Ian Botham v Andrew Flintoff: Battle of the all-rounders
Pablo Luna - Moonlighting for Betfair. Pablo looks at the stats and character of England's two greatest ever all-rounders
Andrew Flintoff has long been hailed the new Ian Botham with incessant comparisons over the years. I know who is best by a distance and I have been looking at the stats to see if they corroborate my views. They do!
They share many common characteristics including their talent but the different times in which they played cricket impacted on their careers producing a major character demarcation. Contrast the intense gambler with a sharp edge against the cerebral gentle giant, the swing and surprise against the pace and disguise.
Botham spent his formative years under the stewardship of renegade Brian Close and bowling maestro Tom Cartwright. The perfect start to a career with Close imparting grit and determination whilst Cartwright the crafts of swing and cut bowling. Botham then linked up with , a man who understood audacity and spirit with the knowledge Mike Brearleyto harness it.
Flintoff was lucky in that he had central contracts to protect him from the worst excesses. His mentor was the stable but pallid Duncan Fletcher. His primary captain would be the Brearley impostor - Michael Vaughan.
Botham performed best against England's arch-rivals. 148 of his Test victims were Australians and his bowling average against them was lower than his career overall. He still holds the record for the highest number of Test wickets ever taken by an Englishman at 383 in 102 matches (3.75 per match). He has taken 5 wickets in an innings 27 times and 10 wickets in a match 4 times.
Flintoff has taken 206 wickets in 70 games (2.94 per match) and is the 11th highest Englishman. He has taken 5 wickets in an innings on just 2 occasions and never taken 10 wickets in a match. Mitigating circumstances would include his wretched luck with injuries because of his bowling action.
Botham scored 5,200 runs with 14 centuries and 22 fifties at an average of 33.54. Flintoff has scored 3,494 runs with just 5 centuries and 24 fifties averaging 32.21. Although they both catch flies in the slips I was surprised to see that Freddie has 47 catches compared to Sir Ian's 120. These averages represent a disparity that are disproportionate to their abilities - or do they?
When talking about all-rounders an important statistic is that Botham has scored a century and taken 5 wickets in an innings in the same Test match on 5 occasions. No one else has achieved this feat more than twice.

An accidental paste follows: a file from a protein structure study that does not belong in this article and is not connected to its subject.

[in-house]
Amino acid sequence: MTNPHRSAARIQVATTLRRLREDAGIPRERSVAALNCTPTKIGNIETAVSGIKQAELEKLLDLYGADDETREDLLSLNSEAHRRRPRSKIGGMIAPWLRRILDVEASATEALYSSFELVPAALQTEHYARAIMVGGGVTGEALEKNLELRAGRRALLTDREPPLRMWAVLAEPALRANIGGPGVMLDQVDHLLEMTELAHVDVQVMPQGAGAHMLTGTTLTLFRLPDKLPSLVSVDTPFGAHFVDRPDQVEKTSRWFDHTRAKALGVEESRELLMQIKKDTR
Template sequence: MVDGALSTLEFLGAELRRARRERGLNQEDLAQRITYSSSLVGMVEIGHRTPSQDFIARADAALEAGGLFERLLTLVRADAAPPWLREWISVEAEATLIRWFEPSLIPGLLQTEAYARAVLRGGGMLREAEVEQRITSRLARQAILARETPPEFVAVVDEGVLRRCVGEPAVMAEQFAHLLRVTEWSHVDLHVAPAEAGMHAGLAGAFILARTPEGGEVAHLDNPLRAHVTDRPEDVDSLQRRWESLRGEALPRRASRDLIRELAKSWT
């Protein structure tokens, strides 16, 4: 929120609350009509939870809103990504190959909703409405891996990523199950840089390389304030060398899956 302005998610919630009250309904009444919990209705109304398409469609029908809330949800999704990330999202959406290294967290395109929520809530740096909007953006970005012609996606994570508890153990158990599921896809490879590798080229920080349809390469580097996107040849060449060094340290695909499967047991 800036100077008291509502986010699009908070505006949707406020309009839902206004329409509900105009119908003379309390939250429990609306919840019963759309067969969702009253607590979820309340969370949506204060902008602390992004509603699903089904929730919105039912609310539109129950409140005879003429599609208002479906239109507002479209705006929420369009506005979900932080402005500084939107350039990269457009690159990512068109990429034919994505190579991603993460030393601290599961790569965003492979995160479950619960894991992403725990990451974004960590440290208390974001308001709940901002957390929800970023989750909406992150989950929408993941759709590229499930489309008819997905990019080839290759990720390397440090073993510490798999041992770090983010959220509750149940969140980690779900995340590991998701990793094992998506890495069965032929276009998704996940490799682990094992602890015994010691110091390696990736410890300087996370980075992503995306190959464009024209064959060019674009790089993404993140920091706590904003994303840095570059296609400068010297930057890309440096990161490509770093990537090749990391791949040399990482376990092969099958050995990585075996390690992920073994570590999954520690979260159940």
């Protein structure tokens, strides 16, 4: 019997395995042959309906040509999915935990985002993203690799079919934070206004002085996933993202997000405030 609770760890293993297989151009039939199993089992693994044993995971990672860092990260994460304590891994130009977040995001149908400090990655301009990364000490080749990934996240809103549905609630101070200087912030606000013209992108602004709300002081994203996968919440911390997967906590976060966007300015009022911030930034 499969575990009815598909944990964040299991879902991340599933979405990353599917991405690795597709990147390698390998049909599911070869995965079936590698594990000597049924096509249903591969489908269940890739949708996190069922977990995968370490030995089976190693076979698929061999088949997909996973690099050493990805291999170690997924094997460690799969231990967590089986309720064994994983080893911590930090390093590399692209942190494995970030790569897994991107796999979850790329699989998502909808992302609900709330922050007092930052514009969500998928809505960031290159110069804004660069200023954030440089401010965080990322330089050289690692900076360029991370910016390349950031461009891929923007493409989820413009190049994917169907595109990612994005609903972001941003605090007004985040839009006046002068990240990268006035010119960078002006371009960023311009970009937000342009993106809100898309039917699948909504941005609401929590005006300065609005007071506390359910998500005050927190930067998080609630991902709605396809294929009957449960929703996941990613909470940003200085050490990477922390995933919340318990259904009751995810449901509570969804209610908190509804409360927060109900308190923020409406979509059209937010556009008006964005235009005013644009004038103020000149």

Had Botham been playing with the luxury of central contracts then I am certain that his statistics would be enhanced even more? For example his first 202 wickets came at 21.20 per wicket, while his final 181 averaged 36.43. His batting average of 38.80 for his first 51 Tests was substantially higher than the 28.87 he managed in his last 51 Tests. Those initial averages were phenomenal and of specialist batsmen and bowlers standard!
Both players were inept captains but it will be hard to forget the most humiliating 0-5 defeat ever in the 2006-07 Ashes Series in Australia where Flintoff contributed virtually nothing except a bar bill. He had proven he was the greatest allrounder since Botham with some wholehearted performances in 2005 where he scored 402 runs and took 24 wickets. Added to his reverse swing he contributed significantly to one of the greatest Ashes victories of all time but even that remains in the shadow of 1981.
What cuts Botham above everyone else was his unique and special inner resolve. Freddie, although a grand workhorse does not possess the same degree of potency. I remember in 1974 when a bouncer from the lethal West Indian fast bowler Andy Roberts hit him full in the mouth. He spat out his teeth and carried on playing his trademark hook shot. Can you name another cricketer who would do that? Apart from Brian Close maybe?
Friends of Freddie will claim that their man has a better ODI record than Sir Ian but I am not convinced we are comparing like with like and dismiss it. Limited over cricket has evolved into something completely different and often against sub-standard sides.
Sir Ian Botham is the second best allrounder in cricket history to Sir Garfield St Auburn Sobers. Andrew Flintoff is England's second best allrounder to Sir Ian Botham. How could anyone really disagree? Has it been fair or justified to continually compare these cricketers from different eras with each other?
I look forward to Flintoff redeeming himself in the 2009 Ashes Series and I believe he will with a more judicious head. Latest Betfair prices on this number one fixture is England  Australia [1.71] Draw [6.2].